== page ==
Written by Cesca Janece Waterfield. Photographed by Thomas Roberts.
For Mia Jones, turning 50 was a milestone.
But the day after her birthday is what she remembers most. “The first thing I did was go to the Red Hat Society website, ” Mia says. “I’d been aware of them for a long time. I was like, when I turn 50, I’m there. That was the first thing I did the day after I turned 50.”
The Red Hat Society is a social organization of women over 50 who gather to celebrate entering another stage of life, to laugh, and to do pretty much just what their members want to. Its name comes from the tradition among members of wearing red hats and very often, purple dresses; a vibrant combination that represents humor and gusto for life. The Society has about 300,000 members internationally, with around 60 local chapters in the Richmond area. April 25 was Red Hat Society Day nationwide, and several local chapters gathered for a luncheon at a Richmond restaurant.
A lesser-known part of the Society is its group of Pink Hatters, women under 50 who wear pink and lavender. Today Mia is part of a Sandston-area Society chapter started by three Pink Hatters, LaTangela Light, Michelle Bray and Nicole Pompey. Their chapter celebrates its third anniversary May 9.
“We did research on it because initially we thought it was only for women 50 and older,” LaTangela remembers. “We decided we were going to start our own chapter.” For the first year, the three women were the chapter’s only members. Today, this chapter also includes Gerena Smith, Patrice Minor, Sherrie Brown and Sheila Johnson.
LaTangela says, “I would love to get the word out there to both women of color and younger women that we can take part in such a lovely organization. Usually when I tell people that I am affiliated with this organization, they are immediately surprised because many do not see African American women or women under 50 linked with the organization. But there are a few us in other chapters within the Richmond area. There can never be too many.”
LaTangela thinks the Society is an ideal activity for mothers and daughters. She ought to know. Her mother, Gerena, is a Red Hatter.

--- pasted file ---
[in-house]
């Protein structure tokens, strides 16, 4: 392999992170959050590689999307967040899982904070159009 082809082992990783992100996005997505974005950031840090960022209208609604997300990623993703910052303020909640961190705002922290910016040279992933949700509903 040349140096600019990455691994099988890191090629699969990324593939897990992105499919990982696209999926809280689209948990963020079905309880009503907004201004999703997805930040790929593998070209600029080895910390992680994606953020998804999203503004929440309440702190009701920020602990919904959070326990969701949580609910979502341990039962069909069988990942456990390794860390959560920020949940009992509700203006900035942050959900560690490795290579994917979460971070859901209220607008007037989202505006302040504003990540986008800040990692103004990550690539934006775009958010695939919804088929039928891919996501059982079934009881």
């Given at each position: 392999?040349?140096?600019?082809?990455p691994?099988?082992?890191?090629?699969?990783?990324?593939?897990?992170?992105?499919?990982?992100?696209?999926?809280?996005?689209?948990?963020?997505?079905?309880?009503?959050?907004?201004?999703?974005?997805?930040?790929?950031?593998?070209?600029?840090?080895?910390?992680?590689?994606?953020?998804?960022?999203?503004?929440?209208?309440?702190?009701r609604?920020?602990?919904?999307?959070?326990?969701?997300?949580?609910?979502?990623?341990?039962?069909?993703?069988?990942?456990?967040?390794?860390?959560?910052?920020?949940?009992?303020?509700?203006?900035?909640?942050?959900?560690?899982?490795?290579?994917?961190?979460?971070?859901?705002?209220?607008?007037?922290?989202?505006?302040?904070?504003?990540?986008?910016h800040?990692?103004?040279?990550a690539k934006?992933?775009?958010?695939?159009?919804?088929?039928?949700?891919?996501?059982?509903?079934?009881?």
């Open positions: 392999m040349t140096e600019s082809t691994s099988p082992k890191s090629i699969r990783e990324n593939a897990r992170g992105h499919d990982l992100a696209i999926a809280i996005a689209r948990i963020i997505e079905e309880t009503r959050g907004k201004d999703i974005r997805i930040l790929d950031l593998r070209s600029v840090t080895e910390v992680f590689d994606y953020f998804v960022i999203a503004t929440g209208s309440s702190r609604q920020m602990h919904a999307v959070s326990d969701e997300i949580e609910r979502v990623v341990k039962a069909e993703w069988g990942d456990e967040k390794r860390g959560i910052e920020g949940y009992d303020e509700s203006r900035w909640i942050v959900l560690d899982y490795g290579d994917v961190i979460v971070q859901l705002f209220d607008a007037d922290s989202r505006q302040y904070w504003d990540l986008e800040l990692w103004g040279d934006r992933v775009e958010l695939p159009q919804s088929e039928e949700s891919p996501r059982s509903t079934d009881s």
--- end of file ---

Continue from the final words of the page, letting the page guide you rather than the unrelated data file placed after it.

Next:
Gerena says, “I really enjoy being with the young girls. They look up to me and they respect me. It always lets me know I once did the things that they do. It’s fun. They’re a really nice group of Red Hatters and Pink Hatters, too.” Sheila and Nicole are also mother-daughter members.
Gerena and LaTangela, who is this chapter’s “Queen,” enjoy a close relationship. “But when it comes to the group, she respects me as being the overseer,” LaTangela says. “When we’re together in the chapter, it’s not really mom and daughter. It’s more like a sister. So in addition to having that mom-daughter relationship already, we have that sisterly relationship when it comes to the organization.”
As a hair stylist at Nu Look Hair Design on Nine Mile Rd., Mia is surrounded by women all day. But being a Red Hatter fulfills something she doesn’t get anywhere else: “These ladies are great. I’m a spiritual person. For some reason I was drawn to this particular chapter. In October they had a bus trip. I went and it was sealed for me then.”
This chapter meets once a month. In June, they’re going to Virginia Beach. In May, chapter events could double as college graduation celebrations since four members are graduating. Mother-daughter members Sheila and Nicole both graduate this month from Strayer University while Sherrie graduates from University of Phoenix. Michelle just earned her Bachelor’s in Accounting.
LaTangela says, “When people want to join the group, the first thing I tell them is for the most part, everybody in the group is like-minded. Everybody is school-focused, business-focused. It helps in this environment when you have that common bond of school and wanting to better ourselves and our careers. Our Red Hatters definitely support the younger women in doing those things. We all push everybody to complete their goals once we know what they are.”
Anyone can join the Society, and if you don’t have a chapter yet, that just means you’ll get a colorful nickname: A member who hasn’t settled on a chapter is known as a “Ruby Rambler.”
“A mother and daughter, sisters, and aunts could start their own chapter,” LaTangela says. “It can be another outlet for you to do something outside of your normal family things. Me and my mom, this gives us something extra to do outside of our normal routine, and we’re doing it with other women that share the same passion for fun that we do.”
So what do children and husbands think of all this colorful recreation?
“They are supportive,” Michelle, the chapter’s Vice Queen, says. “We had our Christmas gathering and Patrice’s husband cooked for us. He fried turkey and made sure we were taken care of.”
LaTangela sums up the Society’s philosophy, or at least this chapter’s, and it’s one with which few could disagree: “Live well, love much, laugh often!”